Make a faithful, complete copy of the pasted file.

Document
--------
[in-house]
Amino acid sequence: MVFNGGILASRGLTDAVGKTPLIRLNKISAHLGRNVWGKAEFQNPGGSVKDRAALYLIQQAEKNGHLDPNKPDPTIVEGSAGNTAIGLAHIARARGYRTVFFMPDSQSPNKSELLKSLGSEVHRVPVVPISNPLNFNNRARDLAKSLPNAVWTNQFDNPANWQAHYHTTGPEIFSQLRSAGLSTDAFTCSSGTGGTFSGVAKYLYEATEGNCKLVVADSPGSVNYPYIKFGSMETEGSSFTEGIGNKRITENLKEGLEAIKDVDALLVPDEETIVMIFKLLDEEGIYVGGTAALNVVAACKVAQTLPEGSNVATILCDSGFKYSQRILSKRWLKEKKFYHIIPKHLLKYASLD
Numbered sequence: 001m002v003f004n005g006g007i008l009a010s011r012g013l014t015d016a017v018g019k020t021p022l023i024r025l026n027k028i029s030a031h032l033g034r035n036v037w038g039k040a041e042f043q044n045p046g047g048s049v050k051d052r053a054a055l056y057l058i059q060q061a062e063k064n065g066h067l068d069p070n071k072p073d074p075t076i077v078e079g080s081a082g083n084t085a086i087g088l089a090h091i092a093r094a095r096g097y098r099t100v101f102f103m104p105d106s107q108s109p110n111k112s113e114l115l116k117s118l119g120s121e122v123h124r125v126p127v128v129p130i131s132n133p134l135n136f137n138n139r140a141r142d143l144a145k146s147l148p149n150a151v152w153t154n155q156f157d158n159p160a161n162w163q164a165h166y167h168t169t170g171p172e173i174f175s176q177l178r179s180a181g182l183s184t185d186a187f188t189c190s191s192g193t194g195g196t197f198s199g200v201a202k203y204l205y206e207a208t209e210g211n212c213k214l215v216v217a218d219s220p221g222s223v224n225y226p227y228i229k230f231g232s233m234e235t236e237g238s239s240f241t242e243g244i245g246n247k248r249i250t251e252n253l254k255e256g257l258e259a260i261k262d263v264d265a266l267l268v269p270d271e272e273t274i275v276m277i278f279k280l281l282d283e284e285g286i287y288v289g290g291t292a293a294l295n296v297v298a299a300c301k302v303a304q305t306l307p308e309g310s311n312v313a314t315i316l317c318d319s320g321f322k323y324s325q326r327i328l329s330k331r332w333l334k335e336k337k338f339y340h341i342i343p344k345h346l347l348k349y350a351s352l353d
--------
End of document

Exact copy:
[in-house]
Amino acid sequence: MVFNGGILASRGLTDAVGKTPLIRLNKISAHLGRNVWGKAEFQNPGGSVKDRAALYLIQQAEKNGHLDPNKPDPTIVEGSAGNTAIGLAHIARARGYRTVFFMPDSQSPNKSELLKSLGSEVHRVPVVPISNPLNFNNRARDLAKSLPNAVWTNQFDNPANWQAHYHTTGPEIFSQLRSAGLSTDAFTCSSGTGGTFSGVAKYLYEATEGNCKLVVADSPGSVNYPYIKFGSMETEGSSFTEGIGNKRITENLKEGLEAIKDVDALLVPDEETIVMIFKLLDEEGIYVGGTAALNVVAACKVAQTLPEGSNVATILCDSGFKYSQRILSKRWLKEKKFYHIIPKHLLKYASLD
Numbered sequence: 001m002v003f004n005g006g007i008l009a010s011r012g013l014t015d016a017v018g019k020t021p022l023i024r025l026n027k028i029s030a031h032l033g034r035n036v037w038g039k040a041e042f043q044n045p046g047g048s049v050k051d052r053a054a055l056y057l058i059q060q061a062e063k064n065g066h067l068d069p070n071k072p073d074p075t076i077v078e079g080s081a082g083n084t085a086i087g088l089a090h091i092a093r094a095r096g097y098r099t100v101f102f103m104p105d106s107q108s109p110n111k112s113e114l115l116k117s118l119g120s121e122v123h124r125v126p127v128v129p130i131s132n133p134l135n136f137n138n139r140a141r142d143l144a145k146s147l148p149n150a151v152w153t154n155q156f157d158n159p160a161n162w163q164a165h166y167h168t169t170g171p172e173i174f175s176q177l178r179s180a181g182l183s184t185d186a187f188t189c190s191s192g193t194g195g196t197f198s199g200v201a202k203y204l205y206e207a208t209e210g211n212c213k214l215v216v217a218d219s220p221g222s223v224n225y226p227y228i229k230f231g232s233m234e235t236e237g238s239s240f241t242e243g244i245g246n247k248r249i250t251e252n253l254k255e256g257l258e259a260i261k262d263v264d265a266l267l268v269p270d271e272e273t274i275v276m277i278f279k280l281l282d283e284e285g286i287y288v289g290g291t292a293a294l295n296v297v298a299a300c301k302v303a304q305t306l307p308e309g310s311n312v313a314t315i316l317c318d319s320g321f322k323y324s325q326r327i328l329s330k331r332w333l334k335e336k337k338f339y340h341i342i343p344k345h346l347l348k349y350a351s352l353d